Used imitation mass and created technique called paraphrase mass.

text depiction
Technique which was prevalent in Josquin’s motets reflecting the meaning of the words in musical gestures. He also used text expression to convey emotions through the music which was suggested by the text.
text expression
Josquin was first to use this technique in motets. The conveying  through music the emotions suggested by the text. This along with text depiction, expressing the meaning of words through musical gestures, were considered to have been first used by Josquin.
paraphrase mass
First seen in Josquin’s later mass. It is based on theplainchant. Instead of using the hymn melody as a contus firmus, parts of it are found in all fur voices, in whole ori part in each movement. Phrases from the hymn melody are adapted as motives that are treated in points of imitation, or occasionally in homophonic declamation.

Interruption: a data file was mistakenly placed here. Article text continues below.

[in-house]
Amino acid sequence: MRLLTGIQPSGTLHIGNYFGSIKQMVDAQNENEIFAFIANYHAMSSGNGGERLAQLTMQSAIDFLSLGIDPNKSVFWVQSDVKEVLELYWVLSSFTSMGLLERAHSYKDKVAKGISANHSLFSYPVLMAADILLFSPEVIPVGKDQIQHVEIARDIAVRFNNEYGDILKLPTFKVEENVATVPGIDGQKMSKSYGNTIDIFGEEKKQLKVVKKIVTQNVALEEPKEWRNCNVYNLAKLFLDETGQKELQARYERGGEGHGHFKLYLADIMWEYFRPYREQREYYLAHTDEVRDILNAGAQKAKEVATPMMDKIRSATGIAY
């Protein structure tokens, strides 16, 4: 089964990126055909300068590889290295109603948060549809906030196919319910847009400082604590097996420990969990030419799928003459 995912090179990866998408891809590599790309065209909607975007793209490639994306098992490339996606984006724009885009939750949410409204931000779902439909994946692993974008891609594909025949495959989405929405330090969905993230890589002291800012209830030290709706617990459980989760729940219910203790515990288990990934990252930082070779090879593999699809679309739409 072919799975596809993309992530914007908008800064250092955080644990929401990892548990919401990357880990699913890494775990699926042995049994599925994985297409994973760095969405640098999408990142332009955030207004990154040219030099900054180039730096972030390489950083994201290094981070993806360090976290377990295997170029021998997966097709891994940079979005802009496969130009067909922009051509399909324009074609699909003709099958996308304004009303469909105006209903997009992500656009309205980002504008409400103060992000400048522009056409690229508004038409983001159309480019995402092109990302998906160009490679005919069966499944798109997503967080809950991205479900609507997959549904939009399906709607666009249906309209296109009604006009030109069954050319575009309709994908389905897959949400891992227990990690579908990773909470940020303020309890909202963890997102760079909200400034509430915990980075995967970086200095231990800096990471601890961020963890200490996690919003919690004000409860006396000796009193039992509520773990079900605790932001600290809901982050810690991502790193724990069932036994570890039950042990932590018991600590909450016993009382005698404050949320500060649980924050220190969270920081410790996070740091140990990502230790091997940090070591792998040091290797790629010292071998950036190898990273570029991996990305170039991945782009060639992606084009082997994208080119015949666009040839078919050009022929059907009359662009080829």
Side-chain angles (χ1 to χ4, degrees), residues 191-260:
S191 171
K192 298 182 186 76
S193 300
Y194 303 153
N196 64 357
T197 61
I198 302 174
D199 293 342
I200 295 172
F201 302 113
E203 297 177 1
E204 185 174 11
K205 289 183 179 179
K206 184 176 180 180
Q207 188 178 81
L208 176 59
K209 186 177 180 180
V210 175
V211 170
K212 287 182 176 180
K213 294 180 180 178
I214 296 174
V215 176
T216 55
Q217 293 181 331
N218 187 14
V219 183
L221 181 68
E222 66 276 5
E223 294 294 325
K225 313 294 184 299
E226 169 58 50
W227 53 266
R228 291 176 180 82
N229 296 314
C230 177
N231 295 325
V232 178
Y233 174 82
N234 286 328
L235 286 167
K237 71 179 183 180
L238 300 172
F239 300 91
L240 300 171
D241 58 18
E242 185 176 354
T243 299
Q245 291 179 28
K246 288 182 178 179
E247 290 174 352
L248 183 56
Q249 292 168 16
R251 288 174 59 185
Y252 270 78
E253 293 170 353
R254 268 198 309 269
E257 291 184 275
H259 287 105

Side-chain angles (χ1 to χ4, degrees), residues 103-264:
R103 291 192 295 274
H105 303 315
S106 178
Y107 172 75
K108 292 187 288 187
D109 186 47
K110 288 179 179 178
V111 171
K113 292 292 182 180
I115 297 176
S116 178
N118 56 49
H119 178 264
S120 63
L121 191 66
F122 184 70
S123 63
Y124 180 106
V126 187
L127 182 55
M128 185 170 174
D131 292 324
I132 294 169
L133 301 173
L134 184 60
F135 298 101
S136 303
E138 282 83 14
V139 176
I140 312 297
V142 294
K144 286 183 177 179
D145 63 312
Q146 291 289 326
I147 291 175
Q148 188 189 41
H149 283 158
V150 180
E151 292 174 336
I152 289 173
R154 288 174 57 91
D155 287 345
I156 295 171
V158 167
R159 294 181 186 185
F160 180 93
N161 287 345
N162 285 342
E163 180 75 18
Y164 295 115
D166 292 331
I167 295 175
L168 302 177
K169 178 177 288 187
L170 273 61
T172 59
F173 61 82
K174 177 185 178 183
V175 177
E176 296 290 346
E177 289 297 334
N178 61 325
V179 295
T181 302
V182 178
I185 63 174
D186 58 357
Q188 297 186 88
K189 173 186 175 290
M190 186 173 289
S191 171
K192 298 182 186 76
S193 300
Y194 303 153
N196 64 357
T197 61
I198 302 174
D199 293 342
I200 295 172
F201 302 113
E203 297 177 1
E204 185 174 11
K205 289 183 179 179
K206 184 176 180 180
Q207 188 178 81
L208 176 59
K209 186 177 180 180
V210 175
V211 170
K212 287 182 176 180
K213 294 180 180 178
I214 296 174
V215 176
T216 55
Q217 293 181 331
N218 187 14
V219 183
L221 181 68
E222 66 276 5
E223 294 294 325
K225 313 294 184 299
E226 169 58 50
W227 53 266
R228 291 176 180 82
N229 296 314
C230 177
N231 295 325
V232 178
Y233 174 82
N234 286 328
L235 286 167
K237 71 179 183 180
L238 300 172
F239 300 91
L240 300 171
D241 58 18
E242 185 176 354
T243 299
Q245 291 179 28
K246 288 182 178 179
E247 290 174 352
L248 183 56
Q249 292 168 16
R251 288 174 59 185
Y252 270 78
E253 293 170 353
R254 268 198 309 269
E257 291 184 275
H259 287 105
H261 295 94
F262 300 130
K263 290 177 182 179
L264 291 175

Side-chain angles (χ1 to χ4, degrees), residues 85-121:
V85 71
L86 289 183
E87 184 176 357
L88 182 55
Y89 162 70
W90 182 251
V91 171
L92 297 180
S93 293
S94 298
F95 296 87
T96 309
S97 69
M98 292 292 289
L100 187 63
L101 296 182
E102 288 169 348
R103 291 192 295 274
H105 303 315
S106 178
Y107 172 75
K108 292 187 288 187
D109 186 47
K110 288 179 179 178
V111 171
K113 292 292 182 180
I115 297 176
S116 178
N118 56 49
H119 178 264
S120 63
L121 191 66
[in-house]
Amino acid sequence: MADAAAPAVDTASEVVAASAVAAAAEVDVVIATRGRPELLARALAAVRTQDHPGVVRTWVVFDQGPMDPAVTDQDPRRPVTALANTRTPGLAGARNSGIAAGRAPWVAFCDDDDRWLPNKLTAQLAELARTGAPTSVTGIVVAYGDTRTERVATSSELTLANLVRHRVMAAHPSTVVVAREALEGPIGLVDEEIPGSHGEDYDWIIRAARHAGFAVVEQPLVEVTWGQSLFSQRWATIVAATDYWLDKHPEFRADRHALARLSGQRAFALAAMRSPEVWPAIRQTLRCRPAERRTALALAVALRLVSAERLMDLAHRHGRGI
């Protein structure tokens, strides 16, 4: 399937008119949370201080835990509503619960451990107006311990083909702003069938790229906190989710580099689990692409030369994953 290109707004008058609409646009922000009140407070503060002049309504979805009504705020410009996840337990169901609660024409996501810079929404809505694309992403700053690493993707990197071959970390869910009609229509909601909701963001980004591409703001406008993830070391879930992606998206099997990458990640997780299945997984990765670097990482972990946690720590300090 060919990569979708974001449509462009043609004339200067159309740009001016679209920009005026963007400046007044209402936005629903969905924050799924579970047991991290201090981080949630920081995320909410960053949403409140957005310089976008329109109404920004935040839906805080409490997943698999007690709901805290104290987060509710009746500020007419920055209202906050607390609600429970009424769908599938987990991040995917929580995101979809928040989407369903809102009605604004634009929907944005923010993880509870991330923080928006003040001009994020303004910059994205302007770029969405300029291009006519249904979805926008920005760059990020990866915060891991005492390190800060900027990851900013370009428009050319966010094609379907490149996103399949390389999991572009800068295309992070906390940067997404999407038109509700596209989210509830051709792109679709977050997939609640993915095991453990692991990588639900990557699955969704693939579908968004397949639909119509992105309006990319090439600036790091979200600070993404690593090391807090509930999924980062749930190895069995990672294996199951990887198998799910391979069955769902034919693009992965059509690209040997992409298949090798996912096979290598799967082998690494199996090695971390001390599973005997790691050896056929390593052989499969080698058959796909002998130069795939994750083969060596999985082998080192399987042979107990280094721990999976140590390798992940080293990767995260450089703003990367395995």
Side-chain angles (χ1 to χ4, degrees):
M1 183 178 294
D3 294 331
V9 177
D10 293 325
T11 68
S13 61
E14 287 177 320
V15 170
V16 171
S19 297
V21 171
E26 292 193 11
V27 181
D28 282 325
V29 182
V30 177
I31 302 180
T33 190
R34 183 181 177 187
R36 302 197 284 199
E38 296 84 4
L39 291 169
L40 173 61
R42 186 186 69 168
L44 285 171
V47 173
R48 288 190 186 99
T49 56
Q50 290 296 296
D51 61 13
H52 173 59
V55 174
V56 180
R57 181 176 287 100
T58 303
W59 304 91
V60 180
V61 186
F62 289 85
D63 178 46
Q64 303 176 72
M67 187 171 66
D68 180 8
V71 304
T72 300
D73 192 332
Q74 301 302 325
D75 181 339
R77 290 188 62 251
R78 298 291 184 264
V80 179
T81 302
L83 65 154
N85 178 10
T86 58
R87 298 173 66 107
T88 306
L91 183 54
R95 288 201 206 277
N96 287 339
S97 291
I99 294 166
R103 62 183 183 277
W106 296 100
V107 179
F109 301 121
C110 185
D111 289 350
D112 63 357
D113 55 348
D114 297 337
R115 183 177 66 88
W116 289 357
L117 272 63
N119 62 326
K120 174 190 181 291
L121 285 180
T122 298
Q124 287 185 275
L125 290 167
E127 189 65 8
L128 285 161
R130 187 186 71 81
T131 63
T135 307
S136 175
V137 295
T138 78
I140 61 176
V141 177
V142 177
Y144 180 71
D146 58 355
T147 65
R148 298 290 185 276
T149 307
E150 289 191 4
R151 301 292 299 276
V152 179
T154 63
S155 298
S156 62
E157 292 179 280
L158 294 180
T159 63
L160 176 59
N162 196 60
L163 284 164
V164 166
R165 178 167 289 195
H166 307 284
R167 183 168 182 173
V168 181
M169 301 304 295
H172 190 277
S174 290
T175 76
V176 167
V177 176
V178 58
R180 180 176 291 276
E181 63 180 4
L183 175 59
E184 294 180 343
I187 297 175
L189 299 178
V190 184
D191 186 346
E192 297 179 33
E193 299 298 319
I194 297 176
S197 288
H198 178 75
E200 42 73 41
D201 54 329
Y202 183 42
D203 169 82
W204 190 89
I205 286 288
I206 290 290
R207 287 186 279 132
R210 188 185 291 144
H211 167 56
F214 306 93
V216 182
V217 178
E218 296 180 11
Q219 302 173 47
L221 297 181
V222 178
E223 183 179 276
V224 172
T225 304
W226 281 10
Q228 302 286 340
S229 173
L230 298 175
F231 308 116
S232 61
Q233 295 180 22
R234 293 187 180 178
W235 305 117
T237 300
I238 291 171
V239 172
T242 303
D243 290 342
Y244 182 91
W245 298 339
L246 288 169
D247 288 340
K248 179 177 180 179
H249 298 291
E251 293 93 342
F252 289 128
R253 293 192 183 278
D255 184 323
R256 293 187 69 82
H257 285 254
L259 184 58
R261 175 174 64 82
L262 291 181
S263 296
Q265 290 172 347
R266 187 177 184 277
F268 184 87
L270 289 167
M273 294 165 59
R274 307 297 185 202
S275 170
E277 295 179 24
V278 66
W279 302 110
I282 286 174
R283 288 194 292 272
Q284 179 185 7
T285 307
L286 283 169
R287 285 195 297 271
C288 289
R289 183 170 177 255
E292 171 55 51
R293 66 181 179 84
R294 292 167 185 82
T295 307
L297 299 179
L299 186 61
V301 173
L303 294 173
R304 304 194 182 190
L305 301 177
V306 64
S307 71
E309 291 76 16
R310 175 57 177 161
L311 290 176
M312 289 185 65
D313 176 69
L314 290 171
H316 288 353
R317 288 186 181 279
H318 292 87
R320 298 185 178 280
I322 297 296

Congregational hymn sung in the Lutheran Church. Was used to increase worshiper’s participation through music. While these are known today in four part harmonized settings, the originally were only a metric, rhymed, strophic poem and a melody in simple rhythm sung in unison, without harmonization or accompaniment.

Sources came from adaptations of Gregorian chant, existing German devotional songs, secular songs given new word (contrafactum) and new compositions.

Using secualr songs and giving them new sacred words. Technique used in creating the first chorales inorder to distribute music into the early Luthern church as quickly as possible.
chorale motet
Technique used by Luther’s colaborator Johann Walter to create a more elaborate setting for a chorale. Borrowed techniques from the Franco-Flemish motet such as cantus-firmus, imitation and paraphrase.